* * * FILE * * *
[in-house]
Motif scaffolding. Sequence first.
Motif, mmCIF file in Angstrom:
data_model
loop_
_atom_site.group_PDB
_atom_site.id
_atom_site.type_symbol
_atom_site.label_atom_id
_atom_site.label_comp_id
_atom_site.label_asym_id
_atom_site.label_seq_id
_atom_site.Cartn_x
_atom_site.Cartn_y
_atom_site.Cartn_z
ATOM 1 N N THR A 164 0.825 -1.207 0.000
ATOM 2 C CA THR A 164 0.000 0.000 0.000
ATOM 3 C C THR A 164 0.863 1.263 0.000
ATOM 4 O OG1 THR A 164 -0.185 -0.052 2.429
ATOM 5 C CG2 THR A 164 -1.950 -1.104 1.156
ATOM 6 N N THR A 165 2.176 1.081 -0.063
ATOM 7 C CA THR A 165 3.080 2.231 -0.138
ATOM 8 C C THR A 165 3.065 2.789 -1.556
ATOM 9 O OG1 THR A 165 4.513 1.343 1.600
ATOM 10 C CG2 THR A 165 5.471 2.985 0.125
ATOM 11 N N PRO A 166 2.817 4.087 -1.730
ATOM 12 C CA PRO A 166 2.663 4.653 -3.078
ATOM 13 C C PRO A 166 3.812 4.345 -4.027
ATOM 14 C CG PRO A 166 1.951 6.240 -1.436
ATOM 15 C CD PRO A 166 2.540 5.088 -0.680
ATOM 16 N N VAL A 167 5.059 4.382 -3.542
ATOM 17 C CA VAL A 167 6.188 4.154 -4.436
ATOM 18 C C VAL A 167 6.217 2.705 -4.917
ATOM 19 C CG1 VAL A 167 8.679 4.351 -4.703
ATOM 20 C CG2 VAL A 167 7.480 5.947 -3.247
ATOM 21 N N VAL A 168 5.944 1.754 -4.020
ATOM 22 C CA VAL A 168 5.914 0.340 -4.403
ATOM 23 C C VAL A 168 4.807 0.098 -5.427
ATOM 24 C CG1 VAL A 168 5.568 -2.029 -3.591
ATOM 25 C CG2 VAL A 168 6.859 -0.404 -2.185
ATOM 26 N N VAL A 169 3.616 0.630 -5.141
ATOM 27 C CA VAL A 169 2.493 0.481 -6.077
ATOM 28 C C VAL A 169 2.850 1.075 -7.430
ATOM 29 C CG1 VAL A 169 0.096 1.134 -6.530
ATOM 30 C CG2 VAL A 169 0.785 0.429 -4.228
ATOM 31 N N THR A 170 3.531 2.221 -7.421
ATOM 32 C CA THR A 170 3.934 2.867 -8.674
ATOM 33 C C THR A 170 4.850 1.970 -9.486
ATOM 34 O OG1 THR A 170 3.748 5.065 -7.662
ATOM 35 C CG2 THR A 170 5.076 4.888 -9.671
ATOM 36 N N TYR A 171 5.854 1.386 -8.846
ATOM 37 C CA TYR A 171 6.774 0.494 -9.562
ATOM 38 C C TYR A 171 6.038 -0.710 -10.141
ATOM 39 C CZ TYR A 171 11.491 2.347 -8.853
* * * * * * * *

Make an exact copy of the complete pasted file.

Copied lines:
[in-house]
Motif scaffolding. Sequence first.
Motif, mmCIF file in Angstrom:
data_model
loop_
_atom_site.group_PDB
_atom_site.id
_atom_site.type_symbol
_atom_site.label_atom_id
_atom_site.label_comp_id
_atom_site.label_asym_id
_atom_site.label_seq_id
_atom_site.Cartn_x
_atom_site.Cartn_y
_atom_site.Cartn_z
ATOM 1 N N THR A 164 0.825 -1.207 0.000
ATOM 2 C CA THR A 164 0.000 0.000 0.000
ATOM 3 C C THR A 164 0.863 1.263 0.000
ATOM 4 O OG1 THR A 164 -0.185 -0.052 2.429
ATOM 5 C CG2 THR A 164 -1.950 -1.104 1.156
ATOM 6 N N THR A 165 2.176 1.081 -0.063
ATOM 7 C CA THR A 165 3.080 2.231 -0.138
ATOM 8 C C THR A 165 3.065 2.789 -1.556
ATOM 9 O OG1 THR A 165 4.513 1.343 1.600
ATOM 10 C CG2 THR A 165 5.471 2.985 0.125
ATOM 11 N N PRO A 166 2.817 4.087 -1.730
ATOM 12 C CA PRO A 166 2.663 4.653 -3.078
ATOM 13 C C PRO A 166 3.812 4.345 -4.027
ATOM 14 C CG PRO A 166 1.951 6.240 -1.436
ATOM 15 C CD PRO A 166 2.540 5.088 -0.680
ATOM 16 N N VAL A 167 5.059 4.382 -3.542
ATOM 17 C CA VAL A 167 6.188 4.154 -4.436
ATOM 18 C C VAL A 167 6.217 2.705 -4.917
ATOM 19 C CG1 VAL A 167 8.679 4.351 -4.703
ATOM 20 C CG2 VAL A 167 7.480 5.947 -3.247
ATOM 21 N N VAL A 168 5.944 1.754 -4.020
ATOM 22 C CA VAL A 168 5.914 0.340 -4.403
ATOM 23 C C VAL A 168 4.807 0.098 -5.427
ATOM 24 C CG1 VAL A 168 5.568 -2.029 -3.591
ATOM 25 C CG2 VAL A 168 6.859 -0.404 -2.185
ATOM 26 N N VAL A 169 3.616 0.630 -5.141
ATOM 27 C CA VAL A 169 2.493 0.481 -6.077
ATOM 28 C C VAL A 169 2.850 1.075 -7.430
ATOM 29 C CG1 VAL A 169 0.096 1.134 -6.530
ATOM 30 C CG2 VAL A 169 0.785 0.429 -4.228
ATOM 31 N N THR A 170 3.531 2.221 -7.421
ATOM 32 C CA THR A 170 3.934 2.867 -8.674
ATOM 33 C C THR A 170 4.850 1.970 -9.486
ATOM 34 O OG1 THR A 170 3.748 5.065 -7.662
ATOM 35 C CG2 THR A 170 5.076 4.888 -9.671
ATOM 36 N N TYR A 171 5.854 1.386 -8.846
ATOM 37 C CA TYR A 171 6.774 0.494 -9.562
ATOM 38 C C TYR A 171 6.038 -0.710 -10.141
ATOM 39 C CZ TYR A 171 11.491 2.347 -8.853